India hopeful of political solutions to Sri Lanka’s conflict

By P. Karunakharan, IANS,

Colombo : A high-powered Indian delegation led by National Security Advisor M.K. Narayanan, which held talks with President Mahinda Rajapaksa in Colombo Saturday, has expressed hope that Sri Lanka would find a political solution and eschew military solutions to the island nation’s protracted ethnic conflict, a top official here said.

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Accompanying Narayanan at the meeting with Rajapaksa were Foreign Secretary Shivshankar Menon and Defence Secretary Vijay Singh.

“India hopes that Sri Lanka can find peaceful solution to the ethnic conflict within the framework of united Sri Lanka, acceptable to all the communities. There are no military solutions,” a senior Indian government official, commenting on the visit, told Indian journalists here.

The Indian delegation also met senior members of the coalition government during their two-day, previously unannounced visit here from Friday. They returned to New Delhi Saturday evening.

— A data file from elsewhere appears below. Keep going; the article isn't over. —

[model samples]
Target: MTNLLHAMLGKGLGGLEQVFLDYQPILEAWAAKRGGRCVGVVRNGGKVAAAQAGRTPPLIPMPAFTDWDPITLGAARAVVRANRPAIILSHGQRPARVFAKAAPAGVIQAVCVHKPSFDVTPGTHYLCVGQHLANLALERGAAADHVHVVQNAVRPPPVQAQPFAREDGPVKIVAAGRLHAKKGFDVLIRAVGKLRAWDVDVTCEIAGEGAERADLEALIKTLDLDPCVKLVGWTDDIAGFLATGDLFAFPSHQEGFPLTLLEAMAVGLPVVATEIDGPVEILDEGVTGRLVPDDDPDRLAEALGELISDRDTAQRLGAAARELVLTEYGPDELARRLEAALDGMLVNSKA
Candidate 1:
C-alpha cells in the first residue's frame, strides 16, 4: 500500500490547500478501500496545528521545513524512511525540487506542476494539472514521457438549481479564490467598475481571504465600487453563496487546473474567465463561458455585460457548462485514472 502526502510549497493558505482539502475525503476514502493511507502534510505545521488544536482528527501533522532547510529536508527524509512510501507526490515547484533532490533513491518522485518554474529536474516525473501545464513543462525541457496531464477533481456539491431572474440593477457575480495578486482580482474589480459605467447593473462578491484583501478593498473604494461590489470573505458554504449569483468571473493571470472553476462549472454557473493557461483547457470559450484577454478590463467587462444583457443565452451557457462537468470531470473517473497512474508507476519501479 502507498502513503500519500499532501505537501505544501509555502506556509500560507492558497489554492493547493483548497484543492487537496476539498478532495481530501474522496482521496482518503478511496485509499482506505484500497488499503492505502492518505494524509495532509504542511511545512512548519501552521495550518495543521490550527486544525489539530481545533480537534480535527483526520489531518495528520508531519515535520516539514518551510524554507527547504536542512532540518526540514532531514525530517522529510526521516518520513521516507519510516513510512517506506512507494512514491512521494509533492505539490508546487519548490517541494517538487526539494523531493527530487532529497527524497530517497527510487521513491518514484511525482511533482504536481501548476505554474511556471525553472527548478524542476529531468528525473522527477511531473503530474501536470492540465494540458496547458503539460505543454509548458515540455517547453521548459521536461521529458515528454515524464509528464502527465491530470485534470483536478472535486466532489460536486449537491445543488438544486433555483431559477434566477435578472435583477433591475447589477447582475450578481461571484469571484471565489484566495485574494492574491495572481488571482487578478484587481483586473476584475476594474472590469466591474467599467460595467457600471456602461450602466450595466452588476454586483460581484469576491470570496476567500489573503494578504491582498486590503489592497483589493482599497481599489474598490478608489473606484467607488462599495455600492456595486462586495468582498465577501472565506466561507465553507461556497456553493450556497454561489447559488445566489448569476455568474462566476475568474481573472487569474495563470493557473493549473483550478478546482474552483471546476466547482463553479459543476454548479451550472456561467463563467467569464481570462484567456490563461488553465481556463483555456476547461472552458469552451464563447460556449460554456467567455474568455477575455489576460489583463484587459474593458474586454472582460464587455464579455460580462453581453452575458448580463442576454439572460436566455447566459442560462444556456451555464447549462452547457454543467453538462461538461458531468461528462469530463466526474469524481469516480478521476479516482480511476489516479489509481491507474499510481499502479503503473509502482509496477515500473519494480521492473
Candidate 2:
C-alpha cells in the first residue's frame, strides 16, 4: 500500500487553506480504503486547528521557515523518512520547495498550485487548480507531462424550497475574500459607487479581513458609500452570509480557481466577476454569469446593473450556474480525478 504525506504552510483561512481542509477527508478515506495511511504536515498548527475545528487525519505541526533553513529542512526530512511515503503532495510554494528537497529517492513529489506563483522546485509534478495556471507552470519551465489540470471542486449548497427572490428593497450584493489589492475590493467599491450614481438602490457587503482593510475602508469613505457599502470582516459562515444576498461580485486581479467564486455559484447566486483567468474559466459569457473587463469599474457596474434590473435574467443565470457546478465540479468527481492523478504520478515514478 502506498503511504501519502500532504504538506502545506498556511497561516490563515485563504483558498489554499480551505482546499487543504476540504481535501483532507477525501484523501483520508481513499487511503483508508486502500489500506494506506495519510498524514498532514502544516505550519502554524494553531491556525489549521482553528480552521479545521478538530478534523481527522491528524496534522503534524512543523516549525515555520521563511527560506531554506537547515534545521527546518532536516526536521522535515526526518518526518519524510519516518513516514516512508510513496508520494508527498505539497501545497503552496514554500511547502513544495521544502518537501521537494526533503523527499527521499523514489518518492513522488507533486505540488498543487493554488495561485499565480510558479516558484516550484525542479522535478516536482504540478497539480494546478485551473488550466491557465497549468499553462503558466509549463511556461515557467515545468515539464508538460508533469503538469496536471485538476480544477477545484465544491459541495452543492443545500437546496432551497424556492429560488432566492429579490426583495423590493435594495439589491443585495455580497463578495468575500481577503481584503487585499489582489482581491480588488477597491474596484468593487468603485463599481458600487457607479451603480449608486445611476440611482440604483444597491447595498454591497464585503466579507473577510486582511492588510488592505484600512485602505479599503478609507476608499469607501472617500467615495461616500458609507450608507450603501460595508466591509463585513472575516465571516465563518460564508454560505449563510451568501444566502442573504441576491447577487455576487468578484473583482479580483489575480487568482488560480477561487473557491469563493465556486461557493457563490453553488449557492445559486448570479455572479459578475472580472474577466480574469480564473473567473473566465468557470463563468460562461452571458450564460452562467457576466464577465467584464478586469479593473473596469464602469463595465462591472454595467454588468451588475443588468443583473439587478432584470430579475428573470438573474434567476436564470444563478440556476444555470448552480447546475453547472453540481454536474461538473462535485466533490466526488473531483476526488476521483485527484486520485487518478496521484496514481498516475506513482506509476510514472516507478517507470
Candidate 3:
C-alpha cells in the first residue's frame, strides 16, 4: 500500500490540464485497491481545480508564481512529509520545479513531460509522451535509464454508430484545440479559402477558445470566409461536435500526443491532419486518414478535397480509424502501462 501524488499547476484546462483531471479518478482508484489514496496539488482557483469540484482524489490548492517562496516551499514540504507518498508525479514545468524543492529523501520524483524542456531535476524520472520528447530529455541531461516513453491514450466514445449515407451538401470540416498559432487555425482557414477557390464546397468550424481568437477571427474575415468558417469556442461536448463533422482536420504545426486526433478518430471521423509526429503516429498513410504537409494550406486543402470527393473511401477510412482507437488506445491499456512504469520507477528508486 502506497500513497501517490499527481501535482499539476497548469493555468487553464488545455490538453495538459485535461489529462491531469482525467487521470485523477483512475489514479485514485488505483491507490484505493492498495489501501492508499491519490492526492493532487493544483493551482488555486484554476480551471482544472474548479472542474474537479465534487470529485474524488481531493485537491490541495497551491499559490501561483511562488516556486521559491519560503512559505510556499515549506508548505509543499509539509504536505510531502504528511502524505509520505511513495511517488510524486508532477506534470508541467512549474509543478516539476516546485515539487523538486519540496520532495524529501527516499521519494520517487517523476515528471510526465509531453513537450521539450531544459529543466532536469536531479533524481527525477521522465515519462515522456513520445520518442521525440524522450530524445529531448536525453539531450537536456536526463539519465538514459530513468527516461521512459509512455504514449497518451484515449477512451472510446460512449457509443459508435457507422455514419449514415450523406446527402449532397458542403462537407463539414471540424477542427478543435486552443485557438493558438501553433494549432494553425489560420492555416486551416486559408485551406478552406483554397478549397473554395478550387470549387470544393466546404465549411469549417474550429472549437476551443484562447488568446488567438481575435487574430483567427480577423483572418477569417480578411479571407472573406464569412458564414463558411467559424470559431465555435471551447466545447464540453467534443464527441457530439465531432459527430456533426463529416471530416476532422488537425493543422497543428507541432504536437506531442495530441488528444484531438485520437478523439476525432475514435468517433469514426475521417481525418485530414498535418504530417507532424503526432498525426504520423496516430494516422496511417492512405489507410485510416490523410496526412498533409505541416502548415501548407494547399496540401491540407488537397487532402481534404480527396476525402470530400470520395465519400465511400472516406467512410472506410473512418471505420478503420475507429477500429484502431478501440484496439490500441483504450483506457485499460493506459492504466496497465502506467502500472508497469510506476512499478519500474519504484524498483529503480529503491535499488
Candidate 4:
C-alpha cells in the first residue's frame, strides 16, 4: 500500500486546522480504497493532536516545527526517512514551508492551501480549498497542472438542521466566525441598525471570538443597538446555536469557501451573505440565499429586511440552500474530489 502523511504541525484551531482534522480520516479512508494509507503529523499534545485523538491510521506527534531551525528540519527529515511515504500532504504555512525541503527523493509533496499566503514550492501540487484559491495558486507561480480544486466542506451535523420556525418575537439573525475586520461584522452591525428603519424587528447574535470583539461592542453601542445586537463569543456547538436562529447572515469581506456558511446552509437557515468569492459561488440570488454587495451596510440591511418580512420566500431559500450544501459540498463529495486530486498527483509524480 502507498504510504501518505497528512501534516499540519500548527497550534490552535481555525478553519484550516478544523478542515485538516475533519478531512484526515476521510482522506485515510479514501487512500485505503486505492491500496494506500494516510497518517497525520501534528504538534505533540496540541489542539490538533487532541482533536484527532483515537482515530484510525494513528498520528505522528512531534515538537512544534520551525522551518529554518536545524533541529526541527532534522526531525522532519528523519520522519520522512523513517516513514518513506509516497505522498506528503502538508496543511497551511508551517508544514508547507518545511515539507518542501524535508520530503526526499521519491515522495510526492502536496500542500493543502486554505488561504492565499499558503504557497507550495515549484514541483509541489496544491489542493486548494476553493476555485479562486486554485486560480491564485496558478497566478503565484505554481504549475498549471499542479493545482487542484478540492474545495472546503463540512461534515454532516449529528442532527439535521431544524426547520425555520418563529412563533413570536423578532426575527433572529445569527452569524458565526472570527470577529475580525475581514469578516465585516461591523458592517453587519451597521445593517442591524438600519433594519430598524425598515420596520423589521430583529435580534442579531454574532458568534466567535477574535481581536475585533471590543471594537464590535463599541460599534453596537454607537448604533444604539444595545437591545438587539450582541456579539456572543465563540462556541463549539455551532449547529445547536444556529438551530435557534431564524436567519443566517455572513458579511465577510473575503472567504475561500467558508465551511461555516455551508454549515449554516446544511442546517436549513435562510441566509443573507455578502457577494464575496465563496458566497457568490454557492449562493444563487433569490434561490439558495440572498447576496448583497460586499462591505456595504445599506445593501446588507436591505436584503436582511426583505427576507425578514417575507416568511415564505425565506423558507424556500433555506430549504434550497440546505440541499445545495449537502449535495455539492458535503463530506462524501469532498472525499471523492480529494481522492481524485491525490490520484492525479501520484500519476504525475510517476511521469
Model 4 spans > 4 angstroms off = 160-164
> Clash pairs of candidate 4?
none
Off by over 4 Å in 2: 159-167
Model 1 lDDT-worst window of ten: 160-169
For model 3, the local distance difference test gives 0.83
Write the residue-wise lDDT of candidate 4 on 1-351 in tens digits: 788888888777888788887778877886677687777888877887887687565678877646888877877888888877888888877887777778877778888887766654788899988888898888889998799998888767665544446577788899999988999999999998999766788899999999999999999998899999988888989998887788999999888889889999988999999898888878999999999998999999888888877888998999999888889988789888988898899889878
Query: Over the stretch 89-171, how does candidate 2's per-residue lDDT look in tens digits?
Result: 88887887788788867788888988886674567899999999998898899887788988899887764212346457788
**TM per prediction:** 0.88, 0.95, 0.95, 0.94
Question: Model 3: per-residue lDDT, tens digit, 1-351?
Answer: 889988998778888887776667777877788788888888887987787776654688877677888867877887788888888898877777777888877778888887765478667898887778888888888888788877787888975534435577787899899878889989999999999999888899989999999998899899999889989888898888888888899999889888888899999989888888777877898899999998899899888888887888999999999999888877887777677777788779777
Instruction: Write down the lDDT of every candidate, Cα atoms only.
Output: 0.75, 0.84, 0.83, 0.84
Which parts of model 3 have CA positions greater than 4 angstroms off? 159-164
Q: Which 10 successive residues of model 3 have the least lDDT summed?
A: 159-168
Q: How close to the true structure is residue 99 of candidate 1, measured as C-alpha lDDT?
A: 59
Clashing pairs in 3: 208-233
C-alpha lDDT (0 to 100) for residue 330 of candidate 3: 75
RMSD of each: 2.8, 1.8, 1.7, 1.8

Describing the visit as “constructive and successful”, the senior Indian official said that the consultations centred “on issues of mutual interest as is usual between the two close and friendly neighbours”.

“The delegation was briefed on the developments in Sri Lanka and they discussed bilateral relations and their strengthening,” the official said, adding that the views on the upcoming South Asian Association of Regional Cooperation (Saarc) summit in Colombo were also exchanged.

There was no statement from the government of Sri Lanka on the visit so far.

An official attached to the Presidential Secretariat said Friday that the “visit is part of the ongoing consultation between Sri Lanka and India on the current developments”, in an obvious reference to the conflict raging in the island nation.

The official also pointed out that a Sri Lankan delegation comprising Defence Secretary Gotabhaya Rajapaksa, the president’s secretary Lalith Weeratunga and presidential advisor Basil Rajapaksa went to New Delhi in late 2007.

Commenting on the Indian visit, retired Sri Lankan diplomat and political analyst K. Nanda Godage said, “The very composition of the Indian delegation itself shows the visit is something special and not a just routine one.

“I don’t think it is just a return visit or courtesy visit. It certainly cannot be anything to do merely with the security arrangement for the Saarc summit either,” he said.

“We hope this is a visit to convey a positive message from India that it is fully behind Sri Lanka in its effort to solve the ethnic conflict,” said Godage, who had served in New Delhi as the Deputy High Commissioner of Sri Lanka in the late 1980s.